“Soda is already super sweet, i can’t imagine adding syrup,” reads one comment, whose sentiment is echoed by almost 2,000 likes. “’It’s not gross’ yeah ok,” chimes another user.
Accompanying the thousands of negative comments flooding the #dirtysoda tag on TikTok are reports from mainstream media outlets criticizing the regional drink. An article from popular food blog Food52 notes their surprise that dirty sodas went viral and pokes fun at Utah for its negative culinary reputation. At Vice News, a reporter visited a Swig location in Utah and described cringing at “the foamy, blazing Barbie-pink elixir.”
However, the flurry of angry TikTok comments and blog posts criticizing dirty sodas is more than just a response to breaking culinary norms. Rather, the internet backlash shines a spotlight on the insular Mormon Corridor, inciting a public debate about Mormon values and illustrating how Mormonism is becoming more visible. For those outside the Mormon community, dirty soda hatred has become a conduit for criticizing the Mormon Church.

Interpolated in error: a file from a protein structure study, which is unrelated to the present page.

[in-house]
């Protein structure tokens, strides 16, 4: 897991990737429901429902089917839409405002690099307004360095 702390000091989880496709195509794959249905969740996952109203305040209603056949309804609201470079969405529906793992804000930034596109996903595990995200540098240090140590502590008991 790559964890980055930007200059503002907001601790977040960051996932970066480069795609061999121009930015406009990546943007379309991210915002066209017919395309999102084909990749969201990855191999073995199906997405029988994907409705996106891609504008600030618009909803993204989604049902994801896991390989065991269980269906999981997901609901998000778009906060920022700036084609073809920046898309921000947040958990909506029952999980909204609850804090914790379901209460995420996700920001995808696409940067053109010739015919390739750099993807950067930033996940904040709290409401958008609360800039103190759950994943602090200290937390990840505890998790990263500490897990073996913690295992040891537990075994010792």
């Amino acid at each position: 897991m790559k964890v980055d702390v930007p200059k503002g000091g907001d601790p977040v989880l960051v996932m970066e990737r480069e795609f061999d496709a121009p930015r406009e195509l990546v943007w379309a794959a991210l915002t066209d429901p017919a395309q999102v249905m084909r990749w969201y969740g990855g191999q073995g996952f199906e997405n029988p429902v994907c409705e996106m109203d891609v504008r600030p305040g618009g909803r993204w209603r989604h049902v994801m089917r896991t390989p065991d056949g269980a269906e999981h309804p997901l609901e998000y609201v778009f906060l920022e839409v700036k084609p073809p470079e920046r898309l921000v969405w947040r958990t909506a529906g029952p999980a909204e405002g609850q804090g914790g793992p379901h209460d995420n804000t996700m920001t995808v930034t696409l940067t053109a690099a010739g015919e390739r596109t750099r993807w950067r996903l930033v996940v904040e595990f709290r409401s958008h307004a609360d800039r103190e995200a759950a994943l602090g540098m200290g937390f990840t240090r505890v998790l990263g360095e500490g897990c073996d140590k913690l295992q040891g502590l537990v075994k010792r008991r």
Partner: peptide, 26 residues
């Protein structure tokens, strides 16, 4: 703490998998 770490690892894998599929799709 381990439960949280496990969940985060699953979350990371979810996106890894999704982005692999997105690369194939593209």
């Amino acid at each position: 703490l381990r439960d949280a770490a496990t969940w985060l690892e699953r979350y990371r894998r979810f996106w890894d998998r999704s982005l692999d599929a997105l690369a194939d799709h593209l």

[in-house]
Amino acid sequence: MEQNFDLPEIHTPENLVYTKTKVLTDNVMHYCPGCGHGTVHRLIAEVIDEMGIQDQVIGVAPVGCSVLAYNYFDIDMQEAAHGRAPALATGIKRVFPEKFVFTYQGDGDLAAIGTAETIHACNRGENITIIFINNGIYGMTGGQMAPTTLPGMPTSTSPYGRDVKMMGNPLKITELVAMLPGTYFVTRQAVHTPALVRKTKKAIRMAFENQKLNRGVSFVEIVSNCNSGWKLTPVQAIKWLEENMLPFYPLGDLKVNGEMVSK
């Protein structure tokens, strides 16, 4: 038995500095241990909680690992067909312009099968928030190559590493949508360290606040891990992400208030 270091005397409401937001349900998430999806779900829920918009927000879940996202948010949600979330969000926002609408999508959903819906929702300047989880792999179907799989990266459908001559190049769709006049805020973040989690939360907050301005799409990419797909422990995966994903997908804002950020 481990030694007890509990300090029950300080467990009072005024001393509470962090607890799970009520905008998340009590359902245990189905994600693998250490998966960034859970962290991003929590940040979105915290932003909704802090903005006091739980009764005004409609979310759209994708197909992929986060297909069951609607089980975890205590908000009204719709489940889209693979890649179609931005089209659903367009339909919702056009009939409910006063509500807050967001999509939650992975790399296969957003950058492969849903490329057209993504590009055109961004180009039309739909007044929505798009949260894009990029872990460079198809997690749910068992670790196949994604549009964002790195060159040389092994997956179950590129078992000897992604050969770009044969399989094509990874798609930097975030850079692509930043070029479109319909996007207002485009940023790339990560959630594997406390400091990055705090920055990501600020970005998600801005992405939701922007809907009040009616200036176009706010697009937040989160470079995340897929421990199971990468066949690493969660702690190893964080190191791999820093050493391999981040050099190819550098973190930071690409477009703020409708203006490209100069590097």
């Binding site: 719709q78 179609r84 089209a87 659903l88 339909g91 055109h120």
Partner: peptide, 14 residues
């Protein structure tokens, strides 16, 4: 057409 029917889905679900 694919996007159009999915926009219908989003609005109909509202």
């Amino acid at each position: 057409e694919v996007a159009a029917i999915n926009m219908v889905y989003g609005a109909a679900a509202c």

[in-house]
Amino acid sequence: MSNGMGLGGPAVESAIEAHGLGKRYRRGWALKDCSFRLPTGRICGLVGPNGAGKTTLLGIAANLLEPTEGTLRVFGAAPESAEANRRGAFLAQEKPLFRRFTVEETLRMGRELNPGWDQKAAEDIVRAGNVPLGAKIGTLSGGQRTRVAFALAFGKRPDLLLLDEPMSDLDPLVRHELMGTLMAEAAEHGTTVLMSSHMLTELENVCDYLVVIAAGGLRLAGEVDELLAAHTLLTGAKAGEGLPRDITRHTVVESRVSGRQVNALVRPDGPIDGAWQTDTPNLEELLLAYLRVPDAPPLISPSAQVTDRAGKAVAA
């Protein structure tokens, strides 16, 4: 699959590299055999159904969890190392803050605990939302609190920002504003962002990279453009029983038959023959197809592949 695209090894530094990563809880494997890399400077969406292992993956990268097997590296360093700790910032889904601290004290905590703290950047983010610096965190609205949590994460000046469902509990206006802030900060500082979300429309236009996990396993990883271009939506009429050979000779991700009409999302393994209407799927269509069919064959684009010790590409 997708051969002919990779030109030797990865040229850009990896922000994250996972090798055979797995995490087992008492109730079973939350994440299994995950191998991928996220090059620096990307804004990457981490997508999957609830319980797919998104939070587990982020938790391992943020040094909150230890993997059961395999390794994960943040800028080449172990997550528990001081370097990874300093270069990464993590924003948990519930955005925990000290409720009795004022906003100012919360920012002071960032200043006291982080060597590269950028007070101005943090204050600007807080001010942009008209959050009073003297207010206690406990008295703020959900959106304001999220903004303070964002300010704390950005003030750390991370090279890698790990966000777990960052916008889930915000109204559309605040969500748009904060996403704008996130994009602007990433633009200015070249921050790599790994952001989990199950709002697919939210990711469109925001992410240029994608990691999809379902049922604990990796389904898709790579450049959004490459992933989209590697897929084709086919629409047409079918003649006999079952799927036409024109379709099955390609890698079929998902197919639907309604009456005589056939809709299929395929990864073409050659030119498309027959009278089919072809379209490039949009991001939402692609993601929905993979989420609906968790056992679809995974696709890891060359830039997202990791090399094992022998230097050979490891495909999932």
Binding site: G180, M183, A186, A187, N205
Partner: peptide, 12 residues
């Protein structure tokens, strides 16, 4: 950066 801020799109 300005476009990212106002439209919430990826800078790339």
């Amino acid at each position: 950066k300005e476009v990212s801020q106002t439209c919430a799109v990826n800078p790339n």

The proliferation of Utah soda shops is accompanied by a spread of Mormon culture formerly contained within a thin strip of western land. By altering the fundamental nature of something so universal as soda, Mormonism asserts itself beyond the narrow social and geographic boundary in which it has operated for centuries.
Dirty soda directly reflects Mormon values insofar as they act as an alternative to the status quo and represent Mormonism’s distinct scripture. A uniquely Mormon coffee and tea ban inspired the unique drink, which changes how soda is conventionally consumed, just as Mormonism itself acts as an alternative and reshaping of mainstream Christianity.
Internet users revile dirty soda for many of the same reasons they criticize the tenants of Mormonism. A quick glance at the comment section on a soda-themed TikTok reveals that most users are criticizing the soda’s taste and appearance as a means of criticizing Mormon culture itself. Chiefly, comments accuse Mormons of being out-of-touch, unhealthy and guilty of perpetuating outdated values.